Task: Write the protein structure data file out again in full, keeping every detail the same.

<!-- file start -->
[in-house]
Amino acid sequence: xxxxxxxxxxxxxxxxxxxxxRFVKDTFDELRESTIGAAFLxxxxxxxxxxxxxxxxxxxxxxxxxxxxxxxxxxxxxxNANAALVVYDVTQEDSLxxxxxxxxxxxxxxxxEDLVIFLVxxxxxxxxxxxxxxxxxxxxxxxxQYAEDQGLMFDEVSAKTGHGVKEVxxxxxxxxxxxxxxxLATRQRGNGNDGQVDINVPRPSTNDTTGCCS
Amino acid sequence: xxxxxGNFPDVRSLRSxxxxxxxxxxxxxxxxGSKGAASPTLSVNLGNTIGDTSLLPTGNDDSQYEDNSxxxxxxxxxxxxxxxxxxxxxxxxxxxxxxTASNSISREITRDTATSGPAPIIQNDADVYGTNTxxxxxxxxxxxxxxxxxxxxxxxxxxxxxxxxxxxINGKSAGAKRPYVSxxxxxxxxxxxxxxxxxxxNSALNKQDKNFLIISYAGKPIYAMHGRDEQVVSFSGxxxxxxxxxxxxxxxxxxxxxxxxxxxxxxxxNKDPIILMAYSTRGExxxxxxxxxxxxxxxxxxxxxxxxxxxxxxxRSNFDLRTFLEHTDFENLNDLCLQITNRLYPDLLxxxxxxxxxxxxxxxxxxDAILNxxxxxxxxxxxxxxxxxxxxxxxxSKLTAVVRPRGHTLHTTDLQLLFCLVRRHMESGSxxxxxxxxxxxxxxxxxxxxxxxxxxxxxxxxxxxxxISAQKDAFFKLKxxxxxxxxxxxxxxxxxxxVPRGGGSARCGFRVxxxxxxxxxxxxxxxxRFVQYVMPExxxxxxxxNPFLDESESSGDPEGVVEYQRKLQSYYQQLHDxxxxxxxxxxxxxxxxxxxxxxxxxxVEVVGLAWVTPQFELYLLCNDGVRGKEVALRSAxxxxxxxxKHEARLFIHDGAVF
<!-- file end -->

[in-house]
Amino acid sequence: xxxxxxxxxxxxxxxxxxxxxRFVKDTFDELRESTIGAAFLxxxxxxxxxxxxxxxxxxxxxxxxxxxxxxxxxxxxxxNANAALVVYDVTQEDSLxxxxxxxxxxxxxxxxEDLVIFLVxxxxxxxxxxxxxxxxxxxxxxxxQYAEDQGLMFDEVSAKTGHGVKEVxxxxxxxxxxxxxxxLATRQRGNGNDGQVDINVPRPSTNDTTGCCS
Amino acid sequence: xxxxxGNFPDVRSLRSxxxxxxxxxxxxxxxxGSKGAASPTLSVNLGNTIGDTSLLPTGNDDSQYEDNSxxxxxxxxxxxxxxxxxxxxxxxxxxxxxxTASNSISREITRDTATSGPAPIIQNDADVYGTNTxxxxxxxxxxxxxxxxxxxxxxxxxxxxxxxxxxxINGKSAGAKRPYVSxxxxxxxxxxxxxxxxxxxNSALNKQDKNFLIISYAGKPIYAMHGRDEQVVSFSGxxxxxxxxxxxxxxxxxxxxxxxxxxxxxxxxNKDPIILMAYSTRGExxxxxxxxxxxxxxxxxxxxxxxxxxxxxxxRSNFDLRTFLEHTDFENLNDLCLQITNRLYPDLLxxxxxxxxxxxxxxxxxxDAILNxxxxxxxxxxxxxxxxxxxxxxxxSKLTAVVRPRGHTLHTTDLQLLFCLVRRHMESGSxxxxxxxxxxxxxxxxxxxxxxxxxxxxxxxxxxxxxISAQKDAFFKLKxxxxxxxxxxxxxxxxxxxVPRGGGSARCGFRVxxxxxxxxxxxxxxxxRFVQYVMPExxxxxxxxNPFLDESESSGDPEGVVEYQRKLQSYYQQLHDxxxxxxxxxxxxxxxxxxxxxxxxxxVEVVGLAWVTPQFELYLLCNDGVRGKEVALRSAxxxxxxxxKHEARLFIHDGAVF